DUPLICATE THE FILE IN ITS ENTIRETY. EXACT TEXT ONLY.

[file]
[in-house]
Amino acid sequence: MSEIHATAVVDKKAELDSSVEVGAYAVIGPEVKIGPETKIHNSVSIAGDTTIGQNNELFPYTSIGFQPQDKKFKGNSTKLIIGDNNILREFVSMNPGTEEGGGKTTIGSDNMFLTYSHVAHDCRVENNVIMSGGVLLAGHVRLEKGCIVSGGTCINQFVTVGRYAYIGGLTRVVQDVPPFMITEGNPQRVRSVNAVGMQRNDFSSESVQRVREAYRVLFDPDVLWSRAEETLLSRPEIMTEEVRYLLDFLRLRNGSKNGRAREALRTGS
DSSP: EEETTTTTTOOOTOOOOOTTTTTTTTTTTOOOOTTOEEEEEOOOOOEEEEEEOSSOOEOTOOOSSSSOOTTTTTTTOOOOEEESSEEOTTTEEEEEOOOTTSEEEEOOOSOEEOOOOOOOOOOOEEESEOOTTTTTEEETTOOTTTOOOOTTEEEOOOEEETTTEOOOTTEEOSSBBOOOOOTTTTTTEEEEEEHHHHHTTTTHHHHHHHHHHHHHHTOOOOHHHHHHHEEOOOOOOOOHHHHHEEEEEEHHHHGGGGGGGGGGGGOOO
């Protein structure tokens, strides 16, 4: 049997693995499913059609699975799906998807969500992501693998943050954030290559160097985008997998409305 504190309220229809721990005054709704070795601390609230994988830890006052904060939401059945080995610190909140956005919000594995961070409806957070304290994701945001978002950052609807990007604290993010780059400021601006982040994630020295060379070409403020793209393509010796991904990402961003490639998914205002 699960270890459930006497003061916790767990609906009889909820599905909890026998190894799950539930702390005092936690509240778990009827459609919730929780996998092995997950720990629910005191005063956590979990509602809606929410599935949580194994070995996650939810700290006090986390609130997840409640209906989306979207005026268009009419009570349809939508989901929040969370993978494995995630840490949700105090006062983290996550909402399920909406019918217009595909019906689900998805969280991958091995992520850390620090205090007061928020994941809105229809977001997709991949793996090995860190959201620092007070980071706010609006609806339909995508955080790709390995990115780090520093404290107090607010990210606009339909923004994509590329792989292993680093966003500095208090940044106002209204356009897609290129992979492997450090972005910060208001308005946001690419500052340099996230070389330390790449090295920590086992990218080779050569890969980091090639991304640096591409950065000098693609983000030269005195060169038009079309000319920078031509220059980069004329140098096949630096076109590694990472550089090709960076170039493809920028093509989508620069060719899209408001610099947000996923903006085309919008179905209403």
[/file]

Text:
[in-house]
Amino acid sequence: MSEIHATAVVDKKAELDSSVEVGAYAVIGPEVKIGPETKIHNSVSIAGDTTIGQNNELFPYTSIGFQPQDKKFKGNSTKLIIGDNNILREFVSMNPGTEEGGGKTTIGSDNMFLTYSHVAHDCRVENNVIMSGGVLLAGHVRLEKGCIVSGGTCINQFVTVGRYAYIGGLTRVVQDVPPFMITEGNPQRVRSVNAVGMQRNDFSSESVQRVREAYRVLFDPDVLWSRAEETLLSRPEIMTEEVRYLLDFLRLRNGSKNGRAREALRTGS
DSSP: EEETTTTTTOOOTOOOOOTTTTTTTTTTTOOOOTTOEEEEEOOOOOEEEEEEOSSOOEOTOOOSSSSOOTTTTTTTOOOOEEESSEEOTTTEEEEEOOOTTSEEEEOOOSOEEOOOOOOOOOOOEEESEOOTTTTTEEETTOOTTTOOOOTTEEEOOOEEETTTEOOOTTEEOSSBBOOOOOTTTTTTEEEEEEHHHHHTTTTHHHHHHHHHHHHHHTOOOOHHHHHHHEEOOOOOOOOHHHHHEEEEEEHHHHGGGGGGGGGGGGOOO
């Protein structure tokens, strides 16, 4: 049997693995499913059609699975799906998807969500992501693998943050954030290559160097985008997998409305 504190309220229809721990005054709704070795601390609230994988830890006052904060939401059945080995610190909140956005919000594995961070409806957070304290994701945001978002950052609807990007604290993010780059400021601006982040994630020295060379070409403020793209393509010796991904990402961003490639998914205002 699960270890459930006497003061916790767990609906009889909820599905909890026998190894799950539930702390005092936690509240778990009827459609919730929780996998092995997950720990629910005191005063956590979990509602809606929410599935949580194994070995996650939810700290006090986390609130997840409640209906989306979207005026268009009419009570349809939508989901929040969370993978494995995630840490949700105090006062983290996550909402399920909406019918217009595909019906689900998805969280991958091995992520850390620090205090007061928020994941809105229809977001997709991949793996090995860190959201620092007070980071706010609006609806339909995508955080790709390995990115780090520093404290107090607010990210606009339909923004994509590329792989292993680093966003500095208090940044106002209204356009897609290129992979492997450090972005910060208001308005946001690419500052340099996230070389330390790449090295920590086992990218080779050569890969980091090639991304640096591409950065000098693609983000030269005195060169038009079309000319920078031509220059980069004329140098096949630096076109590694990472550089090709960076170039493809920028093509989508620069060719899209408001610099947000996923903006085309919008179905209403």